Plate The plate is a major component of the lock that creates the main body of the lock when fastened to a cap or cup. On straight cupboard locks it is flat but in all others it has a 90-degree angle.
Polished When an item is polished it has a very bright finish and is reflective.
Powder Coated Our black japanned steel locks have a powder coated finish and gives them a semi-gloss black look. Powder coating is a method of applying a decorative and protective finish.

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Reversed Our spring latch is available with a reversed latch for face fixing.
Right Hand Some locks require a hand to be stated when ordering (Left Hand or Right Hand). Please be aware that different countries call left hand locks right hand and vice versa. Throughout our website we call a right hand lock one that fits to the right hand edge of the door (not the right hand door). All images on this site are of left hand locks where applicable.
Riveted A method of fixing components together. A part of one component is inserted into a hole in the other and the excess metal is spread out and flattened to fix them together firmly.
Roll Top Desk A piece of furniture that has a roller type cover to instead of a door or flap. Our Roll Top Desk lock is designed especially for this type of furniture.

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Sanded A lot of our locks have a decorative sanded finish. As well as being attractive, sanding or linishing removes any excess metal from rivets, and leaves the metal flat and even.
SC Short for Self-Colour. When a lock or component is self-colour it has not been coated or plated or had any extra finishing done. It will have the appearance of the bare metal.
Screwed Many of our locks have screws to fix the components together.
Self-Colour When a lock or component is self-colour it has not been coated or plated or had any extra finishing done. It will have the appearance of the bare metal.
Selvedge Another term for fore-end. This is the edge of the lock that houses the bolt or latch.
Showcase Showcase cabinets normally have glass-fronted doors with thin wooden edges. This means there is little wood to house a lock and therefore we have a special range of showcase locks that are very slim and narrow.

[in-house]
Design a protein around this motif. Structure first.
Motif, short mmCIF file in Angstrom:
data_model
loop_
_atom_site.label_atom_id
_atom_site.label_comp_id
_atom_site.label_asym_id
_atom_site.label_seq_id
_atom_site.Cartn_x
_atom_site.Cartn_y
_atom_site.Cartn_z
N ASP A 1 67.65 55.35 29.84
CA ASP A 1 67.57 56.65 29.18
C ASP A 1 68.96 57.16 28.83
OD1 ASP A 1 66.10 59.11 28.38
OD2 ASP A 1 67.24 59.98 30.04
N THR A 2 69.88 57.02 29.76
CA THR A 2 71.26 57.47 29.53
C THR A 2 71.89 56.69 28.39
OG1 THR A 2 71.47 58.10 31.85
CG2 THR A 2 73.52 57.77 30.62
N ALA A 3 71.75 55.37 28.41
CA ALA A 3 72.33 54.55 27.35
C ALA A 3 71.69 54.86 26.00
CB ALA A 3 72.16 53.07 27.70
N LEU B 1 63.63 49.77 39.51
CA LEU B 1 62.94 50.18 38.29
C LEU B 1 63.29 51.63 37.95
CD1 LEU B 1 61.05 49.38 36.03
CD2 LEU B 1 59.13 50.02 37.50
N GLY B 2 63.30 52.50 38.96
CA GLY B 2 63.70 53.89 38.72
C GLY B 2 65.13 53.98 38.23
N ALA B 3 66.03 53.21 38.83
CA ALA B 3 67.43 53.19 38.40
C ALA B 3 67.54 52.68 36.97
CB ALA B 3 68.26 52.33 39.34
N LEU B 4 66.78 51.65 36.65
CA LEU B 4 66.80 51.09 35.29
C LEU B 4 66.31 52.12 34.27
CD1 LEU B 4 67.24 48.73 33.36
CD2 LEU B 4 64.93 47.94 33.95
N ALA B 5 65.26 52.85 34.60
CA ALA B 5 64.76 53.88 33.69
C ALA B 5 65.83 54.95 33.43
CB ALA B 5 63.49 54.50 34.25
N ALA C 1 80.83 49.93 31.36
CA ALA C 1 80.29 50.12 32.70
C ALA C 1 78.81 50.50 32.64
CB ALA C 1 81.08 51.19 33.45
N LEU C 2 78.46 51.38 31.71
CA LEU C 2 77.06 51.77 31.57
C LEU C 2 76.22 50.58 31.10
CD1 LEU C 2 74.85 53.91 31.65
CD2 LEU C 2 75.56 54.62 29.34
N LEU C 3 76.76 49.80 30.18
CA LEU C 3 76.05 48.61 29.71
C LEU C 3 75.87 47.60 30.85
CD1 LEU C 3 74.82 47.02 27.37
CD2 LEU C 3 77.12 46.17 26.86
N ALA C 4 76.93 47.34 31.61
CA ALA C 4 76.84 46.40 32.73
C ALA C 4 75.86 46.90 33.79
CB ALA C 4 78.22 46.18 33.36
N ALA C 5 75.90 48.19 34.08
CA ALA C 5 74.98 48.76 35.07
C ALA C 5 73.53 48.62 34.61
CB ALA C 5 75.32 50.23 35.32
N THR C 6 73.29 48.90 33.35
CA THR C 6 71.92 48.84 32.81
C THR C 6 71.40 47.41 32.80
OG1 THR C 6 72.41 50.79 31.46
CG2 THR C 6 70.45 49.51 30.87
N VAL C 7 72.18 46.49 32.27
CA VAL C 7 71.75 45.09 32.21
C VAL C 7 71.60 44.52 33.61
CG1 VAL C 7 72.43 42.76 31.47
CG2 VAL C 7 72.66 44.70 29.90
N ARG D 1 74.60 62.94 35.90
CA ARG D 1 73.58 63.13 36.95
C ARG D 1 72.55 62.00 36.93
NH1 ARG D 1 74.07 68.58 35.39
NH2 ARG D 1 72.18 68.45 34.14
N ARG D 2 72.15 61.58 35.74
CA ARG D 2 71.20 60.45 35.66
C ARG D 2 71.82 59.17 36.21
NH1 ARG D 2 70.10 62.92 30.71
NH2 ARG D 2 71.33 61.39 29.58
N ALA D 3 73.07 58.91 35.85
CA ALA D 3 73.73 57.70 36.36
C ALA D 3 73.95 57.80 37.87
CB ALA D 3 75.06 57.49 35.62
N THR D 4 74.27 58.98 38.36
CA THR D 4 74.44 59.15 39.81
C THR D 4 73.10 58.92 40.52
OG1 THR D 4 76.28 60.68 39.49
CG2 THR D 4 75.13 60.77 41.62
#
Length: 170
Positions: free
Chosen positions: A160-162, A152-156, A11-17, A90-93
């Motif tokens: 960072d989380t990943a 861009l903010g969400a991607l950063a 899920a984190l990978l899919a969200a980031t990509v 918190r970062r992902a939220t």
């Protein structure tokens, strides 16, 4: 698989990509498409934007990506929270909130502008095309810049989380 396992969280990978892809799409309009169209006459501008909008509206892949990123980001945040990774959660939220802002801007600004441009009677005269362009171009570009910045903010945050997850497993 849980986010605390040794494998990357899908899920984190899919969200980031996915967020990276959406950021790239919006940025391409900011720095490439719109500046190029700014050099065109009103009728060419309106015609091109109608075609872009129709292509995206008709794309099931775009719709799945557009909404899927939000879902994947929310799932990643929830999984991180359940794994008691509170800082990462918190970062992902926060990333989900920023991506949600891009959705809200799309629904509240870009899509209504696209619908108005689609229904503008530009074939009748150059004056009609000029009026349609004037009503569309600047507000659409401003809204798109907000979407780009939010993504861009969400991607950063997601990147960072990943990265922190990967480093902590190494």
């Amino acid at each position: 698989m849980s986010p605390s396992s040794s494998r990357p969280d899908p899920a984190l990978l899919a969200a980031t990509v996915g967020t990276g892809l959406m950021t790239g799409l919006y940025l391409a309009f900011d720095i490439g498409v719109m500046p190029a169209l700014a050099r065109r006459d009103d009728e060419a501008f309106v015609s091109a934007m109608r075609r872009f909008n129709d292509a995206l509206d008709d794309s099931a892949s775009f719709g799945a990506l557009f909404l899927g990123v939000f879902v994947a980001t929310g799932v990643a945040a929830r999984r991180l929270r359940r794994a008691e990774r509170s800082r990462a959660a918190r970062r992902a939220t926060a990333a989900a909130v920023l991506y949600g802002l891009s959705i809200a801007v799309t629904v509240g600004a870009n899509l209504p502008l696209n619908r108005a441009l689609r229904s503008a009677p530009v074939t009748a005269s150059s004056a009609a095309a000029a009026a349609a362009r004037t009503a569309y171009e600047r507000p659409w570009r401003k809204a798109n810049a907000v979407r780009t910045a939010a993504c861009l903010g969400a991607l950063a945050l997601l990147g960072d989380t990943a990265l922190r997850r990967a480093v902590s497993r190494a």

Sliding Door Sliding doors usually require a special type of lock. Our sliding door locks have a hooked bolt to 'grab' the door shut.
Slotted Strikers, or striking plates, come either slotted to allow the bolt through, or plain un-slotted.
Spring Till / Drawer Our Spring Till lock has a sprung and bevelled bolt to allow the drawer to be 'slammed' shut and automatically lock. Often used in cash till drawers.
Standard Differs When locks are ordered 'to differ' they will be made with standard differs. The number of standard differs varies between locks and states how often a differ or combination is repeated. For example, if the standard differs of a lock is 12 differs then each of the first twelve locks shall operate under a different key but the 13th lock onwards will start to repeat the same 12 differs.
Steel We have a comprehensive range of locks manufactured from steel, as this was the material most cabinet locks were made of before brass became more common. Many people 'antique' their steel locks so that they are aged and rusted when fitted to the furniture.
Straight Cupboard Straight cupboard locks fix directly to the surface of the wood (face fixing) and are the easiest locks to fit. The only wood that needs to be cut away is a keyhole.
Striker Or Striking Plate. These help protect the edge of wood where the bolt locks into. Either a slotted striker, which allows the bolt through, or a plain un-slotted striker would be required depending upon the location of the lock.

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Thread Escutcheon A thread escutcheon is the shape of a keyhole and is hammered or driven into the keyhole in the wood to help protect the wood.
Till Similar to a drawer, especially when money is kept inside, as in cash tills.
To Pass Also known as 'Keyed Alike'. If you are ordering more than one lock you may have all the keys open all the locks. The opposite of 'To Pass' is 'To Differ'.
Trap Door Striker A special sort of striking plate that comes as standard with a Roll Top Desk Lock. When the roll top is unlocked and opened, the striker has a flap on a sprung hinge that closes so that there is no hole to be seen in the striker.
Tumbler Similar to a lever but with a simple mechanism. Basically it holds the bolt in the locked or unlocked positions.

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Wardrobe Our wardrobe locks have both a locking bolt and a sprung latch so that a knob or handle is always used to open the door, but when security is required the key can be turned to lock the door shut.